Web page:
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Full-Text Articles in Law

Religious Liberty In A Pandemic, Caroline Mala Corbin Jan 2020

Religious Liberty In A Pandemic, Caroline Mala Corbin

Articles

The coronavirus pandemic caused an unprecedented shutdown of the United States. The stay-at-home orders issued by most states typically banned large gatherings of any kind, including religious services. Churches sued, arguing that these bans violated their religious liberty rights by treating worship services more strictly than analogous activities that were not banned, such as shopping at a liquor store or superstore. This Essay examines these claims, concluding that the constitutionality of the bans turns on the science of how the pathogen spreads, and that the best available scientific evidence supports the mass gathering bans.


Disabling Fascism: A Struggle For The Last Laugh In Trump’S America, Madeleine M. Plasencia Jan 2020

Disabling Fascism: A Struggle For The Last Laugh In Trump’S America, Madeleine M. Plasencia

Articles

Six years before the start of the Second World War and seven months after Hitler’s appointment as Chancellor of Germany, the German government instituted the “Law for the Prevention of Progeny with Hereditary Diseases.” The moral depravity that started as a sterilization program targeting “useless eaters” and lives “unworthy of life” degenerated into a “euthanasia” program that murdered at least 250,000 people with mental and physical dis/abilities as an “open secret” until 1941, when the Bishop of Munster, Clemens August Count von Galen, delivered a sermon protesting the killing of “unproductive people.”2 Although the Trump Administration has not yet driven …


Failure To Capture: Why Business Does Not Control The Rulemaking Process, Gabriel Scheffler Jan 2020

Failure To Capture: Why Business Does Not Control The Rulemaking Process, Gabriel Scheffler

Articles

Leading figures on both the political right and the political left have concluded that the agency rulemaking process is captured: that it serves to benefit businesses, at the expense of the general public. This perception appears to be supported by recent theoretical and empirical scholarship and has prompted lawmakers to introduce various proposals to reform the federal rulemaking process.

Yet as I will demonstrate in this Article, the view of the rulemaking process as captured is unwarranted. I will show that the academic literature actually provides little guidance as to the magnitude of business influence that is, the extent to …


Private Standards And The Benzene Case: A Teaching Guide, Cary Coglianese, Gabriel Scheffler Jan 2019

Private Standards And The Benzene Case: A Teaching Guide, Cary Coglianese, Gabriel Scheffler

Articles

No abstract provided.


Regulating By Example, Susan C. Morse, Leigh Osofsky Jan 2018

Regulating By Example, Susan C. Morse, Leigh Osofsky

Articles

Agency regulations are full of examples. Regulated parties and their advisors parse the examples to develop an understanding of the applicable law and to determine how to conduct their affairs. However, the theoretical literature contains no study of regulatory examples or of how they might be interpreted. Courts differ about whether examples serve as an independent source of law. There is uncertainty about the proper role of this frequently used regulatory tool.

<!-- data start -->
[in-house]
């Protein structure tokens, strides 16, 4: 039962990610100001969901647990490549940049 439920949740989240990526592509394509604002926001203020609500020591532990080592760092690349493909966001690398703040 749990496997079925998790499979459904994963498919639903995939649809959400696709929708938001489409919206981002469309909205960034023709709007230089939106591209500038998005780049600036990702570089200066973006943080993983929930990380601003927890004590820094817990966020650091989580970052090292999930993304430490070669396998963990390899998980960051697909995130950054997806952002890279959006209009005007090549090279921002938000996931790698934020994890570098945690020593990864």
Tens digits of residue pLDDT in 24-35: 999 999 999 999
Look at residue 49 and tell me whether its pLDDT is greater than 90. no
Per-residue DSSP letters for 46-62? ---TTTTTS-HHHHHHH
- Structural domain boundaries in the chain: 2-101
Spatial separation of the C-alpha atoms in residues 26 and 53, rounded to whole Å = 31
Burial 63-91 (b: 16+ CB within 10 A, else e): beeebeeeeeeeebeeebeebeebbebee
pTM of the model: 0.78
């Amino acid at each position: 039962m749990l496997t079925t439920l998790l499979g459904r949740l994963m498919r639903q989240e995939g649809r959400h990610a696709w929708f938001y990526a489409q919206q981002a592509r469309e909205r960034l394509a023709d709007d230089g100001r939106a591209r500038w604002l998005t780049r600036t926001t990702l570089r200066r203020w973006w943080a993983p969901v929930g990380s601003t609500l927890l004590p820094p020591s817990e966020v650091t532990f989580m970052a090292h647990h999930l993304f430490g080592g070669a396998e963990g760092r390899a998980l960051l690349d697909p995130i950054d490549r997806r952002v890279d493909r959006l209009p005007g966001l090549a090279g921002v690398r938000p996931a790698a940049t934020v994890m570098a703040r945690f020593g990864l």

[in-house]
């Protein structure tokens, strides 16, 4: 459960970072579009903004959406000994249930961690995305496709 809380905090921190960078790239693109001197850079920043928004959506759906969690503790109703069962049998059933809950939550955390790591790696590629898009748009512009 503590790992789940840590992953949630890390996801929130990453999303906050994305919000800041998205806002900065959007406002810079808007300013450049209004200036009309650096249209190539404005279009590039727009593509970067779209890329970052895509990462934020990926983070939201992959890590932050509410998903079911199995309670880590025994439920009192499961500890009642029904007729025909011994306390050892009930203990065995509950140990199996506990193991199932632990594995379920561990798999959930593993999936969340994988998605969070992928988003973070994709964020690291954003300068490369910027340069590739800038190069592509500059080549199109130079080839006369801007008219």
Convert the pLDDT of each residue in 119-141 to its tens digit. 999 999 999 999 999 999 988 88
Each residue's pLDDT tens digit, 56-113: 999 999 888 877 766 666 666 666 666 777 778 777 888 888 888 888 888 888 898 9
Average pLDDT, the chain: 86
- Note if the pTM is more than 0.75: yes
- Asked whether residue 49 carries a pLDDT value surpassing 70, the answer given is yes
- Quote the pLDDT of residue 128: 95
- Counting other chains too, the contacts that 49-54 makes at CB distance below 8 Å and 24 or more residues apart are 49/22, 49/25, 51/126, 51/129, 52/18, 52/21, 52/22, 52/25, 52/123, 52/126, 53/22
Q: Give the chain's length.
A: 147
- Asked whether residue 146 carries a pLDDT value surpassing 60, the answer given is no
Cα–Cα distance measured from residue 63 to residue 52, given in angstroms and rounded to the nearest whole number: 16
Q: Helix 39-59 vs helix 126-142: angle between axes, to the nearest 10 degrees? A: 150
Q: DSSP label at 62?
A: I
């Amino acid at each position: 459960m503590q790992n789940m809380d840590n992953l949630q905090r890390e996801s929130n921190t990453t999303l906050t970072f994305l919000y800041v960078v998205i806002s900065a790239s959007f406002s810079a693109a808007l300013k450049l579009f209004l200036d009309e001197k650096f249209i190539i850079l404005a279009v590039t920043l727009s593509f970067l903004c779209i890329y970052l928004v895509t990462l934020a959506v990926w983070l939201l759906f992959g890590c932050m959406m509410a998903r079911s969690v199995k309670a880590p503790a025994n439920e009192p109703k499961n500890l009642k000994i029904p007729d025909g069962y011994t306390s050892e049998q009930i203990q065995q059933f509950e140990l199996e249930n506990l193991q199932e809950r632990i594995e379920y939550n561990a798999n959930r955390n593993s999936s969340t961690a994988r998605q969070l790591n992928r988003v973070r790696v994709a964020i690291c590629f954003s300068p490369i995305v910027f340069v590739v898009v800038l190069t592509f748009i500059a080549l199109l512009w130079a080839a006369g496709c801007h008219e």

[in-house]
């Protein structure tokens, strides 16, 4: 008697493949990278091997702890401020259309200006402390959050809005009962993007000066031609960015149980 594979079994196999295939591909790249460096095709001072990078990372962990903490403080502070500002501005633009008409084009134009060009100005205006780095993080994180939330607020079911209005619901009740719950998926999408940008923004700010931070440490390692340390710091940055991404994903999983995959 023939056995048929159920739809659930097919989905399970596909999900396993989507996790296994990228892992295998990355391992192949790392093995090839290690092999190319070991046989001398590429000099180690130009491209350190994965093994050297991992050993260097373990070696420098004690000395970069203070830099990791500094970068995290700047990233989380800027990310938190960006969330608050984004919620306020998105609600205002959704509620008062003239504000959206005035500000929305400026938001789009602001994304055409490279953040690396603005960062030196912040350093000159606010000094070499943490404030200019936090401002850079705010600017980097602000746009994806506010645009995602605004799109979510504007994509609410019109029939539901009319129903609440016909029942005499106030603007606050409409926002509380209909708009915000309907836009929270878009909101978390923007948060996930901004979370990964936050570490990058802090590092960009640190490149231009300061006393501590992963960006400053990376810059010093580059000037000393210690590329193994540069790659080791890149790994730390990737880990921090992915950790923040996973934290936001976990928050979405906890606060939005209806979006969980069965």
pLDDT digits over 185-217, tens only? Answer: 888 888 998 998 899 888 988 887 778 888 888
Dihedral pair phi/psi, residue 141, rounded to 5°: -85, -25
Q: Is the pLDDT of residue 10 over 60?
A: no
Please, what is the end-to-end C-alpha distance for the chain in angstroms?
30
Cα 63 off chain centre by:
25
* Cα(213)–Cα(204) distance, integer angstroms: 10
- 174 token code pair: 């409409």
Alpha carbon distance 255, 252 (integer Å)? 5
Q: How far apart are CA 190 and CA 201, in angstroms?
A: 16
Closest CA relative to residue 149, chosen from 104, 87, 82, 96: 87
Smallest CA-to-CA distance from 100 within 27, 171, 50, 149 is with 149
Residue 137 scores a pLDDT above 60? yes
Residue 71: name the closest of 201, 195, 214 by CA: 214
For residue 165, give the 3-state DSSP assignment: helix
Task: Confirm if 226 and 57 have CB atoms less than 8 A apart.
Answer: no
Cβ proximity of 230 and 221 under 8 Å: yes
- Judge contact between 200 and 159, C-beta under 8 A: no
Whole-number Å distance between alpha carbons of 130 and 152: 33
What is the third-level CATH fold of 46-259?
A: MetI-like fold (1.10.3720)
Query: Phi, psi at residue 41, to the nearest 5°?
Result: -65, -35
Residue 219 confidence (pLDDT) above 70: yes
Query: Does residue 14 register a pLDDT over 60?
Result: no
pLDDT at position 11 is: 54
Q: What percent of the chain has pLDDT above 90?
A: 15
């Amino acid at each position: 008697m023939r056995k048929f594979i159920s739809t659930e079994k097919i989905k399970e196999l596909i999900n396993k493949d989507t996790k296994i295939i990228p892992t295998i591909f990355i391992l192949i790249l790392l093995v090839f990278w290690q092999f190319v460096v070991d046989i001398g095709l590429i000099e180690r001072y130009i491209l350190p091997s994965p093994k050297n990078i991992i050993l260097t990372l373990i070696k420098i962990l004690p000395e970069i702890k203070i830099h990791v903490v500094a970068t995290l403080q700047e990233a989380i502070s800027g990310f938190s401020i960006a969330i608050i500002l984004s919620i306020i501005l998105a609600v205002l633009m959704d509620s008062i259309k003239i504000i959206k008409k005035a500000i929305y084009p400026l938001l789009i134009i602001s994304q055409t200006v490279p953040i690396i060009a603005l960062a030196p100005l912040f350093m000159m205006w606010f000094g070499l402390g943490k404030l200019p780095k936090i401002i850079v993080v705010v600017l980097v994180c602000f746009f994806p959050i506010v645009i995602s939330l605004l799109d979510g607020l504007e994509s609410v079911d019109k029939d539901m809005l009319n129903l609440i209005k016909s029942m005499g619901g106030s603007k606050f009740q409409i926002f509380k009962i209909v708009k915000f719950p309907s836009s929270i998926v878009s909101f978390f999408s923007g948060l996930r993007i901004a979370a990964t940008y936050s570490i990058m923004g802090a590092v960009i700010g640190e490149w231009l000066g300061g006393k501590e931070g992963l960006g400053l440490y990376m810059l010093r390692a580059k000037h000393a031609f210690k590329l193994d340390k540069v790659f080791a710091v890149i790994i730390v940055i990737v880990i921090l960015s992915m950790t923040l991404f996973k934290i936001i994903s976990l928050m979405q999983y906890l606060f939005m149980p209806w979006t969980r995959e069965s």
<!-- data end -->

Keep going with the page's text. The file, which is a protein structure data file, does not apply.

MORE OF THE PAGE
In this Article, we argue that regulatory examples make law. Our claim is that, as a default rule, the legal content offered by regulatory examples is coequal with, …


Simplexity: Plain Language And The Tax Law, Joshua D. Blank, Leigh Osofsky Jan 2017

Simplexity: Plain Language And The Tax Law, Joshua D. Blank, Leigh Osofsky

Articles

In recent years, federal government agencies have increasingly attempted to use plain language in written communications with the public. The Plain Writing Act of 2010, for instance, requires agencies to incorporate "clear and simple" explanations of rules and regulations into their official publications. In the tax context, as part of its "customer service" mission, the Internal Revenue Service bears a "duty to explain" the tax law to hundreds of millions of taxpayers who file tax returns each year. Proponents of the plain language movement have heralded this form of communication as leading to simplicity in tax compliance, more equitable access …


Classing Up The Agency, Sergio J. Campos Jan 2016

Classing Up The Agency, Sergio J. Campos

Articles

No abstract provided.


The Case For Categorical Nonenforcement, Leigh Osofsky Jan 2015

The Case For Categorical Nonenforcement, Leigh Osofsky

Articles

No abstract provided.


Concentrated Enforcement, Leigh Osofsky Jan 2014

Concentrated Enforcement, Leigh Osofsky

Articles

When enforcement resources are limited, how should the scarce enforcement resources be allocated to increase compliance with the law? The answer to this question can determine to what extent the law on the books translates to the law in practice. A dominant school of thought in the tax literature suggests that they should be allocated based on a "worst-first" method, whereby the individuals likely to be most noncompliant are targeted. However, while "worst-first" methods can encourage all individuals to increase compliance so as not to be deemed the "worst, " they can also provide cover to engage in noncompliance that …


In Defense Of Administrative Agency Autonomy, A. Michael Froomkin Jan 1987

In Defense Of Administrative Agency Autonomy, A. Michael Froomkin

Articles

No abstract provided.